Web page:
'Dry winters' lead to hosepipe ban

 


Millions of households will have hosepipe bans by Easter, water firms announced today as the Environment Agency warned of "severe drought" in the coming months.

Seven water companies across southern and eastern England are bringing in hosepipe bans from April 5, following two unusually dry winters which have left reservoirs, aquifers and rivers well below normal levels.

The move comes as the Environment Agency said the drought, which has already gripped the South East and East Anglia, could spread as far north as East Yorkshire and as far west as the Hampshire-Wiltshire border if the dry weather continues.

And with sufficient rain to boost low groundwater and river levels unlikely in the coming weeks, a report from the agency said it was "anticipating a severe drought in spring and summer 2012".

The drought is likely to impact on vegetable, fruit and salad growers and livestock farmers, hit wildlife in rivers and wetlands and could prompt woodland fires.

Power stations which need water for cooling and water-intensive industries such as concrete manufacturers could also be affected, the drought prospects report warned.

Southern Water, South East Water, Thames Water, Anglian Water, Sutton and East Surrey, Veolia Central and Veolia South East will all have restrictions on water use in place before the Easter bank holiday.

Last month the water companies warned that hosepipe bans were on the cards, as the Environment Department (Defra) declared the South East had joined most of East Anglia in a state of drought.

Shortly afterwards, the rest of the Anglian region went into drought.

The Environment Agency said rain in March had been welcome but not enough to reverse the impacts of two consecutive dry winters for the affected regions.

It said it was concerned about the situation at Bewl and Darwell reservoirs in Kent, Ardingly in Sussex, Pitsford reservoir in Northamptonshire and Rutland Water.

And the lack of rain had left river and groundwater levels extremely low across southern and eastern England from the Dorset coast to Grimsby - with areas to the west and south-east Yorkshire also at risk of drought.

Industry body Water UK said all seven companies were set to bring in hosepipe bans and would be consulting on who, if anyone, should be exempt from the restrictions - for example vulnerable customers and businesses.

Around 20 million people could be affected by the restrictions, but Water UK said taking steps to reduce use now would mean there was more water available for people and the environment in coming months.

Thames Water is to impose a hosepipe ban on all its 8.8 million water customers in London and the Thames Valley. It acknowledged that the move would not be popular, but it would conserve water and put the needs of families first.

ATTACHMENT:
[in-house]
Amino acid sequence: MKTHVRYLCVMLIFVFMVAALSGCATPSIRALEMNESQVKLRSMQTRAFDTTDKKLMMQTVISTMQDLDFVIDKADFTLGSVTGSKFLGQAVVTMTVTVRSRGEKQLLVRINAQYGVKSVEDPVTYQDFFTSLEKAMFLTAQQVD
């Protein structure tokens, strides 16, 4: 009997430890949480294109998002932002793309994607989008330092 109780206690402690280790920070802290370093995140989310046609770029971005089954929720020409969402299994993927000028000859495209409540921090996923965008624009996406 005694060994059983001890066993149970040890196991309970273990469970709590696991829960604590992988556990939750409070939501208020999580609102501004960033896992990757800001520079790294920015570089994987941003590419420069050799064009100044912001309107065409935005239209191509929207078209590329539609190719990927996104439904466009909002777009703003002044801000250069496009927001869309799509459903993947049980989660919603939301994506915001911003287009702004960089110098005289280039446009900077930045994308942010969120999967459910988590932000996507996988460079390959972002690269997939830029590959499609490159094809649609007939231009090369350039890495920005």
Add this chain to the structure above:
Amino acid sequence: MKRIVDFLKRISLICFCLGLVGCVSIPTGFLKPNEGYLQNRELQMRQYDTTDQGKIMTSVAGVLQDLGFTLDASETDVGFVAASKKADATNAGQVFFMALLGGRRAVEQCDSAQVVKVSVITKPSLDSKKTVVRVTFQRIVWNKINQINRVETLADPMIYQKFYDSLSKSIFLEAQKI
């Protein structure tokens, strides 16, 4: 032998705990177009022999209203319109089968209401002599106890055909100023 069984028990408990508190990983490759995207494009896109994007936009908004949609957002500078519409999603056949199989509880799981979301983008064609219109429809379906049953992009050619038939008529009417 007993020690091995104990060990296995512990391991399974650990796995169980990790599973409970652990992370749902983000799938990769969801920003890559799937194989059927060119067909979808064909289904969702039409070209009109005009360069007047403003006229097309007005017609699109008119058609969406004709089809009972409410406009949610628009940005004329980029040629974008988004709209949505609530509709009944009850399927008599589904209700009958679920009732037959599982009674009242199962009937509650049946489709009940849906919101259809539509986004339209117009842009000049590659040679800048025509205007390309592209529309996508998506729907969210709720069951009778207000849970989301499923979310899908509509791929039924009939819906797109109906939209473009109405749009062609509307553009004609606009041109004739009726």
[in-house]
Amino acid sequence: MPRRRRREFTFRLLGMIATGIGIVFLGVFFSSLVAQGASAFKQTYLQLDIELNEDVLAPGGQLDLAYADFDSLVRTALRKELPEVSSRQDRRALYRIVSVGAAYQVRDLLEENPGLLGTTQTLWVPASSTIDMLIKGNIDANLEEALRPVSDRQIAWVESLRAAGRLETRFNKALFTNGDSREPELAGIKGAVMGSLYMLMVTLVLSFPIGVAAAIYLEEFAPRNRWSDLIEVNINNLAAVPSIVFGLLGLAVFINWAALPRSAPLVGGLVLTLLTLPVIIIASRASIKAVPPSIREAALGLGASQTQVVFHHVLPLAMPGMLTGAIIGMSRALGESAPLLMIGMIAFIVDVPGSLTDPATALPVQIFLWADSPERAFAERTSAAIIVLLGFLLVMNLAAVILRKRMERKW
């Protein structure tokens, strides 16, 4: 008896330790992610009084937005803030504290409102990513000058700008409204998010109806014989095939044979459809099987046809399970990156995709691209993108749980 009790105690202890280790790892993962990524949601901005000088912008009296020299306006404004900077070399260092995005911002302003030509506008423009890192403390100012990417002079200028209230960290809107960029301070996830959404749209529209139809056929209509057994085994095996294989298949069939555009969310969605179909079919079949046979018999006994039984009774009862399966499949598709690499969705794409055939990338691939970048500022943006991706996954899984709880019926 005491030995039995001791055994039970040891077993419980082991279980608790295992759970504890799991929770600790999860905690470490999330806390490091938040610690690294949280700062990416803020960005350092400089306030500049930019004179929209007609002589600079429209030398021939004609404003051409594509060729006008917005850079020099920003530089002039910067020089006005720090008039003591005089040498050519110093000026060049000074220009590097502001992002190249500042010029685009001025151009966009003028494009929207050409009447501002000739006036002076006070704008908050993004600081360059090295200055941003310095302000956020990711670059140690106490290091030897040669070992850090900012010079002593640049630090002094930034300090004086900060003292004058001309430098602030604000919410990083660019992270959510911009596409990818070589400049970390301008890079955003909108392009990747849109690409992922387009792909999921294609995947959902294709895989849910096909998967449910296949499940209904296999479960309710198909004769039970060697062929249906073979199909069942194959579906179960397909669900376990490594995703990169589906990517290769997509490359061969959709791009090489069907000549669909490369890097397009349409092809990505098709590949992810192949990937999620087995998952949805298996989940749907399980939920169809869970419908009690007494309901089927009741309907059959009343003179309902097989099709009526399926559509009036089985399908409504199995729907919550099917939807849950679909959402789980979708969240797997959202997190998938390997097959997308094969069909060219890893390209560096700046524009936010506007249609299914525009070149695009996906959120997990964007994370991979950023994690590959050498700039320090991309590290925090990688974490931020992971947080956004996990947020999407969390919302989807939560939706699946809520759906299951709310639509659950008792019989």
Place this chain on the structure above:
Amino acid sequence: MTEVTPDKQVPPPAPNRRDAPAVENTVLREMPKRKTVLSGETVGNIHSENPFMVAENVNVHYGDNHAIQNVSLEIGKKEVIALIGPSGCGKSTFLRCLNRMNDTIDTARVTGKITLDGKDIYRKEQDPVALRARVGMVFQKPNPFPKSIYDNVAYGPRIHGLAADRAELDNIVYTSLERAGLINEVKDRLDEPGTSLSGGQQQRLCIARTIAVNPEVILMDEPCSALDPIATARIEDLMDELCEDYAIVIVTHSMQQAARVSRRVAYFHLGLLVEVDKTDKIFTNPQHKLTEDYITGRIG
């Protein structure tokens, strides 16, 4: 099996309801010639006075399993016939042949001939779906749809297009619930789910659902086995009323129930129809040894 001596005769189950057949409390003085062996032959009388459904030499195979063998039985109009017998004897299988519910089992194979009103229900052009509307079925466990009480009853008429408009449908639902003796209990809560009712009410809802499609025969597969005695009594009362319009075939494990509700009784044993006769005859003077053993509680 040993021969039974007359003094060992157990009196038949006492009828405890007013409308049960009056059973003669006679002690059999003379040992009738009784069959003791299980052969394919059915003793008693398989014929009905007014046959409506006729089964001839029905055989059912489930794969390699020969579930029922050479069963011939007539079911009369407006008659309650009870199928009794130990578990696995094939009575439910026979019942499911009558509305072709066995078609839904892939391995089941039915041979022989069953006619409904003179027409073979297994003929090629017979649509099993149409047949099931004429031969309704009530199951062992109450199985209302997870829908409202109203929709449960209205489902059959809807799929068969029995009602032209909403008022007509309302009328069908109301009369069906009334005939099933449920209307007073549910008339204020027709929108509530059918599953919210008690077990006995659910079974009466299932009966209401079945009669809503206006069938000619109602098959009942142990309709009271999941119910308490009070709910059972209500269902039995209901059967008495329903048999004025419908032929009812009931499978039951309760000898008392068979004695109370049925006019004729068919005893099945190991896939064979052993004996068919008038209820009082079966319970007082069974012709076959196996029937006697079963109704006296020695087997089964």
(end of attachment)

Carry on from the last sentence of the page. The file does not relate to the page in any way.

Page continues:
It said groundwater levels in the region were close to the lowest ever recorded, and many tributaries of the River Thames are running very low, particularly the River Pang, which is running at a third of average flows in Berkshire.

The river, home to Wind In The Willows' Ratty, has dried up entirely upstream of Bucklebury for seven miles north to its source at Compton.

Southern Water said it was bringing in a ban on hosepipes and sprinklers for domestic customers in Kent and Sussex, for the first time since 2005/2006.

The use of hosepipes and sprinklers will also be banned for watering public parks and allotments, as well as for filling swimming pools, paddling pools, ponds and fountains.

Anglian Water is imposing its first hosepipe ban for more than 20 years on its 4.2 million customers, but said the move was the "most sensible and responsible action" to safeguard customer supplies this year and beyond.

Peter Simpson, managing director of Anglian Water, said: "Our region has had its driest 18 months for a century, including two dry winters which have robbed us of the rainfall we need to refill rivers, reservoirs and aquifers."

Portsmouth Water said it had not been as severely affected as other areas but was still calling on customers to show "voluntary restraint" in their water usage in the coming months, as it warned a lack of rain could lead to hosepipe bans.

Environment Secretary Caroline Spelman said: "These temporary restrictions will help protect the public's water supply in the areas most affected by the record low levels of rainfall we have experienced over the last 17 months.

"We can all help reduce the effects of drought by respecting these restrictions and being smarter about how we use water."

The move to bring in hosepipe bans was welcomed by environmental groups and angling organisations, which said water demand during dry conditions put a huge strain on wildlife, rivers and the countryside.